The other day I was rebooting our development server. It has full disk encryption, and the password for it has to be specified at boot time, long before it has network access.
Even though the machine is in the same building, walking over there is obviously not an option. The machine has IPMI, like all modern machines do, so we can connect a virtual console over the local network. For that, we use the SuperMicro ipmiview tool.
Unfortunately, it’s a Java application that doesn’t play that well with the rest of my X window system. In particular: it doesn’t do pasting from the clipboard. The middle-mouse paste doesn’t work, the CTRL-V paste doesn’t, and the CTRL-SHIFT-V alternative doesn’t either!
That is no fun if the encrypted disk password looks something like
vzyxLyi8hsdQIM1zWUlz .. did I type the lowercase Z? Or?
No key available with this passphrase
vzyxLyi8hsdQIM1zWUlzZM14jZCk2iuOZ*3 .. drat.. too slow with the
You can see how that gets old real quick.
What if we could fake keypress events in the IPMI console window?
Turns out we can. Behold: xpaste.
Examining events in X
Events are constantly being passed around in the X window system. You can check which windows exist in your display, like this:
$ xwininfo -root -tree ... lots of windows
You can quickly find the window of your gnome-terminal with this trick:
$ cd `mktemp -d` /tmp/tmp.ej4mWwShfr$ xwininfo -root -tree | grep `pwd` -C4 0x1400264 (has no name): () 1855x1176+65+24 +65+24 1 child: 0x1400265 (has no name): () 1855x1176+0+0 +65+24 1 child: 0x2e0000a "walter@walter-desktop: /tmp/tmp.ej4mWwShfr": ("gnome-terminal-server" "Gnome-terminal") 1855x1176+0+0 +65+24 1 child: 0x2e0000b (has no name): () 1x1+-1+-1 +64+23 0x1403447 (has no name): () 1855x1176+65+24 +65+24 1 child:
Look, a window with my name on it ;-)
But that’s not where the keyboard events go. If you run
xev -id 0x2e0000a (or its child) there will be zero relevant events.
xev & sleep 10; kill $! and you can sniff events in your
terminal (or a test window, depending on which version of
have) for 10 seconds. It’ll show things like this:
KeyPress event, serial 37, synthetic NO, window 0x4400001, root 0x25d, subw 0x0, time 154332240, (58,131), root:(1658,183), state 0x0, keycode 38 (keysym 0x61, a), same_screen YES, XLookupString gives 1 bytes: (61) "a" XmbLookupString gives 1 bytes: (61) "a" XFilterEvent returns: False KeyRelease event, serial 37, synthetic NO, window 0x4400001, root 0x25d, subw 0x0, time 154332320, (58,131), root:(1658,183), state 0x0, keycode 38 (keysym 0x61, a), same_screen YES, XLookupString gives 1 bytes: (61) "a" XFilterEvent returns: False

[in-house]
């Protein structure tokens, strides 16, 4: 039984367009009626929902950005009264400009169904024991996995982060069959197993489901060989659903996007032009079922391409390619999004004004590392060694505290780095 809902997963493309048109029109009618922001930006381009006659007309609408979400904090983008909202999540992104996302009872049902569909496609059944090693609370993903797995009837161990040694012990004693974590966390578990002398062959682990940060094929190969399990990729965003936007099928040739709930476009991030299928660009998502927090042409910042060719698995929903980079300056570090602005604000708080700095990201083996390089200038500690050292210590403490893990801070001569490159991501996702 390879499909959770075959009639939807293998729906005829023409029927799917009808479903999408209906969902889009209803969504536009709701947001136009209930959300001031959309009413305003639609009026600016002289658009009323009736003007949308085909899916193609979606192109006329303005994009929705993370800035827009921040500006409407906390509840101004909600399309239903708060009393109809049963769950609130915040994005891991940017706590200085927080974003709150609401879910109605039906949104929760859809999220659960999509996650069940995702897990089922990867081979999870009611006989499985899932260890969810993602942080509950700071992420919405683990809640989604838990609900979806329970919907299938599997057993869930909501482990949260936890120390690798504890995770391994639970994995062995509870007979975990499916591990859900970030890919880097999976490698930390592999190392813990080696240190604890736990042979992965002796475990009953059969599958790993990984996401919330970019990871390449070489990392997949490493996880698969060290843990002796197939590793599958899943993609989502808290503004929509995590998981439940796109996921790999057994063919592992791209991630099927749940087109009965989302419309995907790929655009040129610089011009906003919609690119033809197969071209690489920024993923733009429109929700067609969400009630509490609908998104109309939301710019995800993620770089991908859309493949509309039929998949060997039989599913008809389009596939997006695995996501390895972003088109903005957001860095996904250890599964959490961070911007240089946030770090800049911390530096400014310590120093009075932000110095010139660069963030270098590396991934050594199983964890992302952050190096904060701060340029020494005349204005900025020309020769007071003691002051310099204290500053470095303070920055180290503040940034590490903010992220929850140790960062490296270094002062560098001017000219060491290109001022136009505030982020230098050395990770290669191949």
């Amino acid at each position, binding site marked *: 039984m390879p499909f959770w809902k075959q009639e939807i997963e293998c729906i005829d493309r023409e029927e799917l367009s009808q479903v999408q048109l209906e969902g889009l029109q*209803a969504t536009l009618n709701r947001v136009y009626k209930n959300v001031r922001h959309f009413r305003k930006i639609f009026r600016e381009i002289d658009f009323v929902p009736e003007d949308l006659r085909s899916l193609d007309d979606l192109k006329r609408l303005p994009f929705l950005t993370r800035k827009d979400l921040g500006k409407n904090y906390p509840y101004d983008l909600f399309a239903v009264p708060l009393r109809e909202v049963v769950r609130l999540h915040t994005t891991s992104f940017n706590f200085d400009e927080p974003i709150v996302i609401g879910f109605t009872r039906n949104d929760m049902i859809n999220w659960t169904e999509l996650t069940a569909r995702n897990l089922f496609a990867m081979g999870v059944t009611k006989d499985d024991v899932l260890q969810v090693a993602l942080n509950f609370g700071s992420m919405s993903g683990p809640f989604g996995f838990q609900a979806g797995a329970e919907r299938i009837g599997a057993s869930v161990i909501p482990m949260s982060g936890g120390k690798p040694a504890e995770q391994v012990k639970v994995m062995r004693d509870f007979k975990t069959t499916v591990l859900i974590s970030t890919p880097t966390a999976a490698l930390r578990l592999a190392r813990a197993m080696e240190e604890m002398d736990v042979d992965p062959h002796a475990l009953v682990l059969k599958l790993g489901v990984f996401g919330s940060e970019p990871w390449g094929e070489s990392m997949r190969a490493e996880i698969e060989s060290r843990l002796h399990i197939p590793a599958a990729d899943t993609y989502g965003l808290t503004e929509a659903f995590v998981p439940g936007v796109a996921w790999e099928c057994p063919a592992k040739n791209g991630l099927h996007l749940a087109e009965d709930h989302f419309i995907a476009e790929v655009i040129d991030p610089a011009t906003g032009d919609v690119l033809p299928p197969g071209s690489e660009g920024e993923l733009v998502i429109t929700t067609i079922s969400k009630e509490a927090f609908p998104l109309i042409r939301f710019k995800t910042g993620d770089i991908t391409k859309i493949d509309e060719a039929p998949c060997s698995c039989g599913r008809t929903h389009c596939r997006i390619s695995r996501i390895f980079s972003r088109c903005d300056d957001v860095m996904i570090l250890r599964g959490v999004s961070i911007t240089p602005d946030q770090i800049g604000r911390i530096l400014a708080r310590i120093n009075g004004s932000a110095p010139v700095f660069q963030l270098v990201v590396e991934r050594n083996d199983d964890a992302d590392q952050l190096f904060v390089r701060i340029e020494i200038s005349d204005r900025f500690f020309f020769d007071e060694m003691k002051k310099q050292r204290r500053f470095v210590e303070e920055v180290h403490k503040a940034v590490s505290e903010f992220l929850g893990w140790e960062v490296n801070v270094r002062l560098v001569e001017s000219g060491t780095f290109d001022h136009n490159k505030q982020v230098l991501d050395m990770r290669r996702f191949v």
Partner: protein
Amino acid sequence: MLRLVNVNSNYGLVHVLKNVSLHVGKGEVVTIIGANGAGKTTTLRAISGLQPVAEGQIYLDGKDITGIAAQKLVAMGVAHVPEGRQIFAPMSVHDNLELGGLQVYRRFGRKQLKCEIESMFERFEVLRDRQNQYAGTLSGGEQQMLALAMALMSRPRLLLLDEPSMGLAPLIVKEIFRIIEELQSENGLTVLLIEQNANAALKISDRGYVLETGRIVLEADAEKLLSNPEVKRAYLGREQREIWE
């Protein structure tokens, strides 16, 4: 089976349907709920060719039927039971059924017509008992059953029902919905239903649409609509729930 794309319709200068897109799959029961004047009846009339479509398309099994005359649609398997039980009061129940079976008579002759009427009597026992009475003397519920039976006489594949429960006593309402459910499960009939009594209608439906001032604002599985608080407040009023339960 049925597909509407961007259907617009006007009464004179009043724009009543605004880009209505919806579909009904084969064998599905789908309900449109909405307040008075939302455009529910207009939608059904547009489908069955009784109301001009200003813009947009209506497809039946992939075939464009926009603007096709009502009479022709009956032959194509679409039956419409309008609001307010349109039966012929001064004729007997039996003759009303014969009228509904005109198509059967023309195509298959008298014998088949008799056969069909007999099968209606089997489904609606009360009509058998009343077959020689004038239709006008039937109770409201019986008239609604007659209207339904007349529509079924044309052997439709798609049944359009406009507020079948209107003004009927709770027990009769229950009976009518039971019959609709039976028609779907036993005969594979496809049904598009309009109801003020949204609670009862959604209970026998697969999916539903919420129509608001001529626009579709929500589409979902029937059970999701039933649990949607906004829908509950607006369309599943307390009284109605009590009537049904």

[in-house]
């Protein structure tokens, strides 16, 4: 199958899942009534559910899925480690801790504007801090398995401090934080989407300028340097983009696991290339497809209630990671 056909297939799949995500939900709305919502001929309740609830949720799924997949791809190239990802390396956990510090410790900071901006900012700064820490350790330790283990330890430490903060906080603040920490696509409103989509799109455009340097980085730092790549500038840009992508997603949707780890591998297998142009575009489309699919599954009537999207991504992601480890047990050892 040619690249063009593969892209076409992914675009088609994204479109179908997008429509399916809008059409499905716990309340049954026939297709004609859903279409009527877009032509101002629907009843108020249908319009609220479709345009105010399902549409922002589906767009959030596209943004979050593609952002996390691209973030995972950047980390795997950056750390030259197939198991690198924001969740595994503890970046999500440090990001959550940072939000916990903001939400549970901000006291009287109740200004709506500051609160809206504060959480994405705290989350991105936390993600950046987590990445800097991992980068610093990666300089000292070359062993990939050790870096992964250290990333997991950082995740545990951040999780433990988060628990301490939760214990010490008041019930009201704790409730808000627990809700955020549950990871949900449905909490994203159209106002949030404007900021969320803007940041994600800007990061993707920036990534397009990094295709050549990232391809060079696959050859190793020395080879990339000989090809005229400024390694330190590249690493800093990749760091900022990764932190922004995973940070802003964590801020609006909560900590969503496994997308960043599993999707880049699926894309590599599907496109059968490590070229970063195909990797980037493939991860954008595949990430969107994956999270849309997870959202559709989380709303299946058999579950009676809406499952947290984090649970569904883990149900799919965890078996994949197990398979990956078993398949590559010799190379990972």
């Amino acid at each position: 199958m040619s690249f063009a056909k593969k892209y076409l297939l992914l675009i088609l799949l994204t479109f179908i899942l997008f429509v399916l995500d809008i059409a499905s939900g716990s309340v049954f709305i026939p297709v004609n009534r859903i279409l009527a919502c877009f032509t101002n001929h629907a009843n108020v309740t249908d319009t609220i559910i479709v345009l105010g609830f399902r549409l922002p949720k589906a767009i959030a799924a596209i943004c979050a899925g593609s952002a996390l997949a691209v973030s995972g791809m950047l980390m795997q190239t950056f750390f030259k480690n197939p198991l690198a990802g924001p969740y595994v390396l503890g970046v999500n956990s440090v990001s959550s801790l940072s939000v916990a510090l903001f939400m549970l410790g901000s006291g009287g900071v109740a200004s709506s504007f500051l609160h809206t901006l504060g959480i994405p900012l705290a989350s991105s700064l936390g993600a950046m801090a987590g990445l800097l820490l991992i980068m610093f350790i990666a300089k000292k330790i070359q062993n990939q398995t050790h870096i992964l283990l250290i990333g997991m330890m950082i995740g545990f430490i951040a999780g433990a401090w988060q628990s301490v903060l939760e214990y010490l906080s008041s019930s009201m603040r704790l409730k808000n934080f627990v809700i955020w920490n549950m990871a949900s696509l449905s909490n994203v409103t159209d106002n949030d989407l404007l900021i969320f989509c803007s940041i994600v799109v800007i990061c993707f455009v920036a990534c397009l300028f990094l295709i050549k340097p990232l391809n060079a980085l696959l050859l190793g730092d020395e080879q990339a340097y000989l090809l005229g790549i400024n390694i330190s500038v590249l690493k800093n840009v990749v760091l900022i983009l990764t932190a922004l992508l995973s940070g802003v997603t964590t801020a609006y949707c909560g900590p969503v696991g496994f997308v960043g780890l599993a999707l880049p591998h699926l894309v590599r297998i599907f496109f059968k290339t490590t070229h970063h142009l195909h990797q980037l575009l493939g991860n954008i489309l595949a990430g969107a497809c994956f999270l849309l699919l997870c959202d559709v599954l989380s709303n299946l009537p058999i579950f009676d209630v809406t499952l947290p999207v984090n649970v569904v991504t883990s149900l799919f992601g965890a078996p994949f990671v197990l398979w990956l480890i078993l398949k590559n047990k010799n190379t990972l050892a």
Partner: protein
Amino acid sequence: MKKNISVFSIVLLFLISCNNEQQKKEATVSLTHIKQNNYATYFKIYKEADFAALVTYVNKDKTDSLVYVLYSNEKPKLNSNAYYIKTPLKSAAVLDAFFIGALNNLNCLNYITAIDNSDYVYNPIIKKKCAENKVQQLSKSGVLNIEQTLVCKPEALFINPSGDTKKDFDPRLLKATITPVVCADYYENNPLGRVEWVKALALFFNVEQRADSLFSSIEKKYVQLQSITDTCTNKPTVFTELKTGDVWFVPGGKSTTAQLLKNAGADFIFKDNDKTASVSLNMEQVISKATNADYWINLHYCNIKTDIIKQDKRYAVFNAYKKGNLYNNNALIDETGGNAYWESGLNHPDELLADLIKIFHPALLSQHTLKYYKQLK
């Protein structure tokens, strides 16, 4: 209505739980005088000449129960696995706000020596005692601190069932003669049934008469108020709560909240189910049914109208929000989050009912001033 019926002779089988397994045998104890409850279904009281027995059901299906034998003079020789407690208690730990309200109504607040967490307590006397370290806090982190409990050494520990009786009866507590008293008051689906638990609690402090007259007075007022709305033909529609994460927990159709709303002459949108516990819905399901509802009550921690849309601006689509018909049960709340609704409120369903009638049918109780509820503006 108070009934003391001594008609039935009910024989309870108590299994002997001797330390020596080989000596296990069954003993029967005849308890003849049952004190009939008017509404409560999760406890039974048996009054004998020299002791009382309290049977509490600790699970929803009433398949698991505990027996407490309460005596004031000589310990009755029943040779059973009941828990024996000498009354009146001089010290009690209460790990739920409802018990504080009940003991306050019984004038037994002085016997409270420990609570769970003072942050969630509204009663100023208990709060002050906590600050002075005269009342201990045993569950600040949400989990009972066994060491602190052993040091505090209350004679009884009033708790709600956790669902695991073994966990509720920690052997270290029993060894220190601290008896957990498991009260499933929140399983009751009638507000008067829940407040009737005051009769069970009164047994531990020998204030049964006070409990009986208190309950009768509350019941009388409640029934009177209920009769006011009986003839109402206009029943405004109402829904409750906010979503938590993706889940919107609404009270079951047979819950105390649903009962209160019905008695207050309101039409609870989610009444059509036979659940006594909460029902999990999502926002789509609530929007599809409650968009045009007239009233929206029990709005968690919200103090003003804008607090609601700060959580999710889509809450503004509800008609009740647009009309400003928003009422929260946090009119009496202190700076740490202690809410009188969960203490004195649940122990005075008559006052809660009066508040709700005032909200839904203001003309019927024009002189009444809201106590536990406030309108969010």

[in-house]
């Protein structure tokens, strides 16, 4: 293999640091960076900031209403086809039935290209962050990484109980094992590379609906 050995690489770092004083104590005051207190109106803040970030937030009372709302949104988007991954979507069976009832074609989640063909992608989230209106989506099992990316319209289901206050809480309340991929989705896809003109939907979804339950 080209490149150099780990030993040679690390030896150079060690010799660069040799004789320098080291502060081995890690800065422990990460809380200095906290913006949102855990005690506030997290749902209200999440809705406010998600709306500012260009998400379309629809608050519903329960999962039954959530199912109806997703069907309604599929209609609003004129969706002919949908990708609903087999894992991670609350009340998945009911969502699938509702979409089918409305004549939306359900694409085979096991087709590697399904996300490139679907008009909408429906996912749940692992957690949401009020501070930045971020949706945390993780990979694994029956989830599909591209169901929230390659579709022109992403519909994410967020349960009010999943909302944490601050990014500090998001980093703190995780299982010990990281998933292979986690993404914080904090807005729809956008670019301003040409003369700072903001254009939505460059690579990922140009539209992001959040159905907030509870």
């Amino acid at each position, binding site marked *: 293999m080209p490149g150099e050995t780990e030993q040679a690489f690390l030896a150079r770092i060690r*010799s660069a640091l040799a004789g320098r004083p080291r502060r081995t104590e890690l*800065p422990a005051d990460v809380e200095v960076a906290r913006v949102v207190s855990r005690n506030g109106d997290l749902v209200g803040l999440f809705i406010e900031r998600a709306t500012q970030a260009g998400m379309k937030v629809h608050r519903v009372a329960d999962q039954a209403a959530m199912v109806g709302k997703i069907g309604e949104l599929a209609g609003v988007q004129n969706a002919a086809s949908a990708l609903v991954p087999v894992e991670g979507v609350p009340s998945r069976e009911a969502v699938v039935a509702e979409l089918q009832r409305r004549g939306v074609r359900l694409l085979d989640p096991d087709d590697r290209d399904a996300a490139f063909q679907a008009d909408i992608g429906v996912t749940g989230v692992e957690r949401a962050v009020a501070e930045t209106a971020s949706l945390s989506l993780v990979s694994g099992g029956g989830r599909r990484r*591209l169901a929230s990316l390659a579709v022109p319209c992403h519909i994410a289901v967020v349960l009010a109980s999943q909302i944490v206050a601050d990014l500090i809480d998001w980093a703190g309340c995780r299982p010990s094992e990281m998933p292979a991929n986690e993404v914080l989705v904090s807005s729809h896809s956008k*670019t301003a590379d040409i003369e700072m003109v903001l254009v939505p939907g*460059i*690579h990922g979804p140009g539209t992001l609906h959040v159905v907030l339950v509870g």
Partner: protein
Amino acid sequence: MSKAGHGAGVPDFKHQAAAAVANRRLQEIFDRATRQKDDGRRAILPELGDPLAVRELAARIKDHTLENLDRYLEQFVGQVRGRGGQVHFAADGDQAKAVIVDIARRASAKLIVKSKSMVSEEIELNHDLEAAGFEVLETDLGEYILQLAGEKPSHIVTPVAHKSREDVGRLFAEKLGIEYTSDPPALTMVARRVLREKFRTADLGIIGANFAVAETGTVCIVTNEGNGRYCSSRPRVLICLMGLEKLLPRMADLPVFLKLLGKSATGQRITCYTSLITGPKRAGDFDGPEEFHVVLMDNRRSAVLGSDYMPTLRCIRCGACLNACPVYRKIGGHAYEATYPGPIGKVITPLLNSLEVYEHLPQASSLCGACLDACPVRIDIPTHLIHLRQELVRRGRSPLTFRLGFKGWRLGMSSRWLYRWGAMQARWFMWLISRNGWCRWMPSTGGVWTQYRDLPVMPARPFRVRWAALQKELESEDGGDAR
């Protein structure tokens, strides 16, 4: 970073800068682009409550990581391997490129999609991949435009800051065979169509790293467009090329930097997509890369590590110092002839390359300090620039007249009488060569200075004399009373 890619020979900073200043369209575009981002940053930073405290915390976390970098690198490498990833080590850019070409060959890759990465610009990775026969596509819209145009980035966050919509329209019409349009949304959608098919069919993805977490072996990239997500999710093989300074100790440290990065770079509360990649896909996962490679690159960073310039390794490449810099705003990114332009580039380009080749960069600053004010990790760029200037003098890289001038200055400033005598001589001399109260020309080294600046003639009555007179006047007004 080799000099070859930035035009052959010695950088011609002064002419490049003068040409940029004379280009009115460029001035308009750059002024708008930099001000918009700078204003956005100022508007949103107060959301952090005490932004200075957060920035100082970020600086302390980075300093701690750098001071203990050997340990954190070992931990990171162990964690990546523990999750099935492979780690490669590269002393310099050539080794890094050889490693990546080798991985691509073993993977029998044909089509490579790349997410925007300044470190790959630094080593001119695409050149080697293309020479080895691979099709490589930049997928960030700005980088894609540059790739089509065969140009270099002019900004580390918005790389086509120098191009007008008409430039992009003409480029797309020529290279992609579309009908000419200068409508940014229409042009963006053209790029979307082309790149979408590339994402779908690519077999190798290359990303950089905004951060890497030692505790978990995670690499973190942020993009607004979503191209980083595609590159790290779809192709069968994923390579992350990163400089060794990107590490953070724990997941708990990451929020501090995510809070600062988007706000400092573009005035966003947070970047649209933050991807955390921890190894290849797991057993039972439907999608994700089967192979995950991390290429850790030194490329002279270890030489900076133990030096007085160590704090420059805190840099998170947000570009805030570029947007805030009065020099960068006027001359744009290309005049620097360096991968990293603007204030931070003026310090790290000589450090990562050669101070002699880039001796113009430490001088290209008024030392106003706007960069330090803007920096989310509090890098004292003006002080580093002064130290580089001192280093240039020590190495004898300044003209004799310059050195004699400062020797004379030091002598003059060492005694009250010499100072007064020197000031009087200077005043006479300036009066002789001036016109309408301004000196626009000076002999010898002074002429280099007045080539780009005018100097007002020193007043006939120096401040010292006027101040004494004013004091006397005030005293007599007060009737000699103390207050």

Promising. That’s the press and release of the
Rolled into xpaste
Xpaste works by emitting keypress events as if the user is typing. This had already been implemented by small utility apps like crikey. Crikey sends key events into the window that currently has focus.
For our purposes we needed to improve it to make it choose the right window too. And, as seen above, picking the right window to send the events to is not necessarily trivial.
This problem was tackled by having xpaste listen for some kind of key — in this case the [ENTER]. If the user would press enter in that window, that window is the right one to paste into. It grabs the root window (the parent of all windows) and asks to get events that relate to the [ENTER] key. When the currently focused window gets the keypress, xpaste has determined the in which window ID the user wants the paste.
Combining the above, it looks like this — the translucent parts are after the enter keypress:
Yeah! It works! And it’s implemented in pure python.
Fetch xpaste from github or through
pip install xpaste.